Even as lithium-ion batteries continue to improve, the next generation of lithium-based energy storage devices for laptops, cellphones, and electric vehicles (EVs) are already on the drawing boards. Chief among future battery technologies is the replacement of the liquid electrolyte with a solid polymer or ceramic material, and the use of a thin foil of lithium metal to replace the carbon graphite that makes up the anode of present commercial lithium-ion batteries. The combination results in a “solid-state” battery that not only promises a safer battery design but also 3-5 times the energy density of today’s best lithium-ion cells.
As encouraging as early results from solid-state lithium metal batteries have been, they still pose a number of problems that must be solved before they are ready for primetime. While liquid electrolytes flow easily into every nook and cranny of the electrodes, ensuring good lithium ion exchange, making a good connection between the solid electrolyte and the battery electrodes can be difficult.
Researchers at the University of Illinois Urbana-Champaign have found that by carefully controlling the atomic alignment of the materials, they can improve the cathode-solid electrolyte interface and stability in solid-state batteries.
“With batteries, it’s not just materials that are important, but also how the atoms on the surfaces of those materials are arranged,” researcher Beniamin Zahiri said in a University news release. “Currently, solid-state battery electrodes contain materials with a large diversity of surface atom arrangements. This leads to a seemingly infinite number of electrode-solid electrolyte contact interface possibilities, all with different levels of chemical reactivity. We are interested in finding which arrangements lead to practical improvements in battery cycle life, energy density, and power,” he added.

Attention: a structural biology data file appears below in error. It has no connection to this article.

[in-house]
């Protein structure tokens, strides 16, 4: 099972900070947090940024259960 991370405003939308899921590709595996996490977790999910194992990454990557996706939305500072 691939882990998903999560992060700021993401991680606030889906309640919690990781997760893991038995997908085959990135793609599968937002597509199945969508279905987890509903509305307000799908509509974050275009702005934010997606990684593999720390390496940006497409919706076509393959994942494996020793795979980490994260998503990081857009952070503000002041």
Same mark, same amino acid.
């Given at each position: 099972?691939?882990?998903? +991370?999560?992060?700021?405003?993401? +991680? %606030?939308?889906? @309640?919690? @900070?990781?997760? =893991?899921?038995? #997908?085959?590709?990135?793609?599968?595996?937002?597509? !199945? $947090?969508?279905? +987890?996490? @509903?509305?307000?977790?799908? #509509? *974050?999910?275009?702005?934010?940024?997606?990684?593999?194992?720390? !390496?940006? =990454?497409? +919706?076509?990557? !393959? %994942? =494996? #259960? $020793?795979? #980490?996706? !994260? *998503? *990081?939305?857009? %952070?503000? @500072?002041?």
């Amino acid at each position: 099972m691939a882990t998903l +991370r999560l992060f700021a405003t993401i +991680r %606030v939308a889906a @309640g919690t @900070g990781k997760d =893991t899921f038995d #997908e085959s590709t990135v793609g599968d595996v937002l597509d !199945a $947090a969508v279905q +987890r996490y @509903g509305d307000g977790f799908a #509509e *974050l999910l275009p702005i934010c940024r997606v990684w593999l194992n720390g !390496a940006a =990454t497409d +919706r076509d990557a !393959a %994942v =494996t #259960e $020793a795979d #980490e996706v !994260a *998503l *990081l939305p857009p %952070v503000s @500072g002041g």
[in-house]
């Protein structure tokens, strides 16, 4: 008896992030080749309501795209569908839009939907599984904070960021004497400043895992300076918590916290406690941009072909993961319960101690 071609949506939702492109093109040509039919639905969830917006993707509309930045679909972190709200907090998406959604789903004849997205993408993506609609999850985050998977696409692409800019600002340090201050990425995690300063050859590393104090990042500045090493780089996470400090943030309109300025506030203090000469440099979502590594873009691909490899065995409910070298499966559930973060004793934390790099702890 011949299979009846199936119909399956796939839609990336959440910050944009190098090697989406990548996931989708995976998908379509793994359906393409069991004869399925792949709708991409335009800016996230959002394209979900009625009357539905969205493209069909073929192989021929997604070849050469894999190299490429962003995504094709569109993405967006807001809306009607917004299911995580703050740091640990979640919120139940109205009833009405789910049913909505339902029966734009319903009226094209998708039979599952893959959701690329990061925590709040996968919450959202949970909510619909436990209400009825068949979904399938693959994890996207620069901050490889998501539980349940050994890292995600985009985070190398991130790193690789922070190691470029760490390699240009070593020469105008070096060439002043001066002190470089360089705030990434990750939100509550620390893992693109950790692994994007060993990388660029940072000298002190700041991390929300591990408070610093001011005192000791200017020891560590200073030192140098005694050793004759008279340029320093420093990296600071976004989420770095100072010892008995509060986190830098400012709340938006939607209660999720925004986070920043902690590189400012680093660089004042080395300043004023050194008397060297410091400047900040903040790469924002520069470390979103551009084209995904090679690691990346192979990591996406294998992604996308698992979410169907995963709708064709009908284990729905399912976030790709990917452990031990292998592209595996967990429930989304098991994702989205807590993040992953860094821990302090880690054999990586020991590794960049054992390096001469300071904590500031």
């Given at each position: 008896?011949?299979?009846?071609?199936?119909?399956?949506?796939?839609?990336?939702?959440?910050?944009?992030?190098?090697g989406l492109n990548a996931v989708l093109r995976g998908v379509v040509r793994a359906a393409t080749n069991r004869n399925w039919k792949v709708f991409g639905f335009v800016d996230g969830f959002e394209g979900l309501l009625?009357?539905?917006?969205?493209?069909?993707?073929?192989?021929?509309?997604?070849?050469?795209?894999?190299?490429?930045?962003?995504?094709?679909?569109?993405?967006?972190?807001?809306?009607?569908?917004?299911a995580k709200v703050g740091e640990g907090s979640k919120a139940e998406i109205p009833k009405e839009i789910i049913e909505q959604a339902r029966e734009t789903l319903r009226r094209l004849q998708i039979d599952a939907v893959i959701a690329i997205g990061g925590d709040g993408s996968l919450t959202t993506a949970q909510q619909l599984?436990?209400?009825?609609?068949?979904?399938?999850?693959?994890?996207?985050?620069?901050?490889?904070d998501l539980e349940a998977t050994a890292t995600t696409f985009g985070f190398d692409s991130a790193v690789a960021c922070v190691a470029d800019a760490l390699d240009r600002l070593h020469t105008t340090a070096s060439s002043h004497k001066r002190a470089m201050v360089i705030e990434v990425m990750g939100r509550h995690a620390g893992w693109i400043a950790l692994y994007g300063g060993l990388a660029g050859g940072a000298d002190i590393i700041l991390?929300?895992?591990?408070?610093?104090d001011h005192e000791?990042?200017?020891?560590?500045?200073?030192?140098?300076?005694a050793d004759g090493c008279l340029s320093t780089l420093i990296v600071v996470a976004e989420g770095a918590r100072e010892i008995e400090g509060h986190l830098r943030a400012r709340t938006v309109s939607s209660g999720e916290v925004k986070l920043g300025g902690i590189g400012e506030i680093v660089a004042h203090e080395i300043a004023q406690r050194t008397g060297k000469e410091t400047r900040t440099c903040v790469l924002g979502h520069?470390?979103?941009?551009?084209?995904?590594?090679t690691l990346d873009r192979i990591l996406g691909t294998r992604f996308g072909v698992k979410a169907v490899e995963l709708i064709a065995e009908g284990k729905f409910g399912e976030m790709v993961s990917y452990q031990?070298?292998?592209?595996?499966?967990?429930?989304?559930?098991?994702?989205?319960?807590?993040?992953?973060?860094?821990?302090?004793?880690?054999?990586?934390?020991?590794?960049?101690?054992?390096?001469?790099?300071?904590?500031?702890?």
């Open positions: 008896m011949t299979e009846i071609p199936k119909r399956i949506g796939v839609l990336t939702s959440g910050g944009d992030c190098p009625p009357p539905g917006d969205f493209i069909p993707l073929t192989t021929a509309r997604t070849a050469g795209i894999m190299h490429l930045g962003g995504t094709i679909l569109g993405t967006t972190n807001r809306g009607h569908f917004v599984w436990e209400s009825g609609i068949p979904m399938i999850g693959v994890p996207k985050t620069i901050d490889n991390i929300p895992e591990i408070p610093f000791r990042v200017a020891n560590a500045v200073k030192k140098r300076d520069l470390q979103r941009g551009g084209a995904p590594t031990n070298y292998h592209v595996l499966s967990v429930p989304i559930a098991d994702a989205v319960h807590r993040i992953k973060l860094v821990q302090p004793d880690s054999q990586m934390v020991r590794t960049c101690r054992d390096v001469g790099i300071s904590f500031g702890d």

The stability of an electrolyte influences how many charging and discharging cycles a battery can handle before it degrades and starts to lose power. “In the rush to find stable solid electrolyte materials, developers have sort of lost sight of the importance of what is happening in that very thin interface between electrolyte and electrode,” Zahiri said. “But the stability of the electrolyte will not matter if the connection between it and the electrodes cannot be evaluated in an efficient way.”
The team built electrodes containing sodium and lithium ions that had specific atomic arrangements. In their research, they found that there are correlations between battery performance and the interface atomic arrangement in both the lithium-based and sodium-based solid-state batteries. The team also discovered that “minimizing the interface surface area and controlling the electrodes’ atomic alignment is key to both understanding the nature of interface instabilities and improving cell performance.”
No More Guessing
“This is a new paradigm for how to evaluate all the important solid electrolytes available today,” said John Cook, director of research and development at Xerion Advanced Battery Corporation and a part of the research team. “Before this, we were largely just guessing what electrode-solid electrolyte interface structures gave the best performance, but now we can test this and find the best combination of materials and atomic orientations,” Cook said.
“We think this will teach us a lot about how to investigate emerging solid electronics,” said Paul Braun, Professor of Materials Science and Engineering at the University. “We are not trying to invent new solid electrolytes; the materials world is doing a great job with that already. Our methodology will allow others to precisely measure the interfacial properties of their new materials, something that has otherwise been very difficult to determine.”
Kevin Clemens is a Senior Editor with Battery Technology.